For Howard Zinn, long-time civil rights and anti-war activist, history and ideology have a lot in common. Since he thinks that everything is in someone's interest, the historian—Zinn posits—has to figure out whose interests he or she is defining/defending/reconstructing (hence one of his previous books, The Politics of History). Zinn has no doubts about where he stands in this "people's history": "it is a history disrespectful of governments and respectful of people's movements of resistance." So what we get here, instead of the usual survey of wars, presidents, and institutions, is a survey of the usual rebellions, strikes, and protest movements. Zinn starts out by depicting the arrival of Columbus in North America from the standpoint of the Indians (which amounts to their standpoint as constructed from the observations of the Europeans); and, after easily establishing the cultural disharmony that ensued, he goes on to the importation of slaves into the colonies. Add the laborers and indentured servants that followed, plus women and later immigrants, and you have Zinn's amorphous constituency. To hear Zinn tell it, all anyone did in America at any time was to oppress or be oppressed; and so he obscures as much as his hated mainstream historical foes do—only in Zinn's case there is that absurd presumption that virtually everything that came to pass was the work of ruling-class planning: this amounts to one great indictment for conspiracy. Despite surface similarities, this is not a social history, since we get no sense of the fabric of life. Instead of negating the one-sided histories he detests, Zinn has merely reversed the image; the distortion remains.

Pub Date: Jan. 1, 1979

ISBN: 0061965588

Page Count: 772

Publisher: Harper & Row

Review Posted Online: May 26, 2012

Kirkus Reviews Issue: Jan. 1, 1979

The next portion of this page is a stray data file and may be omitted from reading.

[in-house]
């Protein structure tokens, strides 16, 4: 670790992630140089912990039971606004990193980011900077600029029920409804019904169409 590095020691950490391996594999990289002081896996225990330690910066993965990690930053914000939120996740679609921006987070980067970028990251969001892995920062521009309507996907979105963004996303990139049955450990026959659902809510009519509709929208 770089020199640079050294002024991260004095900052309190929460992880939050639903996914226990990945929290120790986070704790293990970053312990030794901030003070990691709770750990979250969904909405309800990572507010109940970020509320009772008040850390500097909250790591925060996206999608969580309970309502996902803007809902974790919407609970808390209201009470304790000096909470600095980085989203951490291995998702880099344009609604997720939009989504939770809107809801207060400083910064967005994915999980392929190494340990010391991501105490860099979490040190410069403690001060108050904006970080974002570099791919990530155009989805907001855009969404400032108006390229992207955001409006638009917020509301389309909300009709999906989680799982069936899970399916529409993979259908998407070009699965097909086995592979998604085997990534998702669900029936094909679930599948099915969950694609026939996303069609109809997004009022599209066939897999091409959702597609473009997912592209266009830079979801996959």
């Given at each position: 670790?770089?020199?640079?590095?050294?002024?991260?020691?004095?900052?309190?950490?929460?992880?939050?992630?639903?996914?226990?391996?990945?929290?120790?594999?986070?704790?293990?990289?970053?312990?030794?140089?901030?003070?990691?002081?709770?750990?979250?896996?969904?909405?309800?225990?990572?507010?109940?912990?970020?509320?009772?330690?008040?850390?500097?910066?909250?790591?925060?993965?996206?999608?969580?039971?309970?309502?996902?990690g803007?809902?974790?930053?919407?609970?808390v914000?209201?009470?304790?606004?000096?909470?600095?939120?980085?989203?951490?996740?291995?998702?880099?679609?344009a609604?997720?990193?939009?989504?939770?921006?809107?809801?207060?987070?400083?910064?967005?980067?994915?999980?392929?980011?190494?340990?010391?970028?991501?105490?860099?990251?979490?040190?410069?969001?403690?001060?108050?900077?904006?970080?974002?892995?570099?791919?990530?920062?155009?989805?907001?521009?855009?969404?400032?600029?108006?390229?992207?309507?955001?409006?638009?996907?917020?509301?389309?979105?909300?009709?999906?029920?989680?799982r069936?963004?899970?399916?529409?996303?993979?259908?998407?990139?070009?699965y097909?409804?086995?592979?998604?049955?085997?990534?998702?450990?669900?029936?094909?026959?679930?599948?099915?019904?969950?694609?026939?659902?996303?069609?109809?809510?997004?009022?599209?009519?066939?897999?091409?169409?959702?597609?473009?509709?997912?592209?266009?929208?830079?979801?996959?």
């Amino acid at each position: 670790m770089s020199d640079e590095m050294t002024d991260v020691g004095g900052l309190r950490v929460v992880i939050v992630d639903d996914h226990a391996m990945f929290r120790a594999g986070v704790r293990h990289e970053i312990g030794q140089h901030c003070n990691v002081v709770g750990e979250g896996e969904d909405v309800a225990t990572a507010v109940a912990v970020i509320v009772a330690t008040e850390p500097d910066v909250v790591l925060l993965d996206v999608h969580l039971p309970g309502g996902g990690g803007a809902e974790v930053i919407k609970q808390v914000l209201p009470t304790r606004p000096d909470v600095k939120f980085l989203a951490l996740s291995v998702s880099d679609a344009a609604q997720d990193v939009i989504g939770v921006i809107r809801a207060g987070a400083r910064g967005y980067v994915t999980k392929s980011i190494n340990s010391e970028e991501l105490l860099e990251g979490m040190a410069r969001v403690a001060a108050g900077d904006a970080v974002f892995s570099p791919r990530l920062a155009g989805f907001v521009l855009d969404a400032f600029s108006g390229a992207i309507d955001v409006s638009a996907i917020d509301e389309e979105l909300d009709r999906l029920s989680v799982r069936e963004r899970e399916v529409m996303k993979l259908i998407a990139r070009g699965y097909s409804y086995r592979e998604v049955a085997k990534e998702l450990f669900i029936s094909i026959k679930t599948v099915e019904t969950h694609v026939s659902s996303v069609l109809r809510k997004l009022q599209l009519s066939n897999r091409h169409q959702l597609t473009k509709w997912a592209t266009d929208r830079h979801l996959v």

Did you like this book?

Buffs of the Old West will enjoy Clavin’s careful research and vivid writing.



Rootin’-tootin’ history of the dry-gulchers, horn-swogglers, and outright killers who populated the Wild West’s wildest city in the late 19th century.

The stories of Wyatt Earp and company, the shootout at the O.K. Corral, and Geronimo and the Apache Wars are all well known. Clavin, who has written books on Dodge City and Wild Bill Hickok, delivers a solid narrative that usefully links significant events—making allies of white enemies, for instance, in facing down the Apache threat, rustling from Mexico, and other ethnically charged circumstances. The author is a touch revisionist, in the modern fashion, in noting that the Earps and Clantons weren’t as bloodthirsty as popular culture has made them out to be. For example, Wyatt and Bat Masterson “took the ‘peace’ in peace officer literally and knew that the way to tame the notorious town was not to outkill the bad guys but to intimidate them, sometimes with the help of a gun barrel to the skull.” Indeed, while some of the Clantons and some of the Earps died violently, most—Wyatt, Bat, Doc Holliday—died of cancer and other ailments, if only a few of old age. Clavin complicates the story by reminding readers that the Earps weren’t really the law in Tombstone and sometimes fell on the other side of the line and that the ordinary citizens of Tombstone and other famed Western venues valued order and peace and weren’t particularly keen on gunfighters and their mischief. Still, updating the old notion that the Earp myth is the American Iliad, the author is at his best when he delineates those fraught spasms of violence. “It is never a good sign for law-abiding citizens,” he writes at one high point, “to see Johnny Ringo rush into town, both him and his horse all in a lather.” Indeed not, even if Ringo wound up killing himself and law-abiding Tombstone faded into obscurity when the silver played out.

Buffs of the Old West will enjoy Clavin’s careful research and vivid writing.

Pub Date: April 21, 2020

ISBN: 978-1-250-21458-4

Page Count: 400

Publisher: St. Martin's

Review Posted Online: Jan. 20, 2020

Kirkus Reviews Issue: Feb. 15, 2020

Did you like this book?

No Comments Yet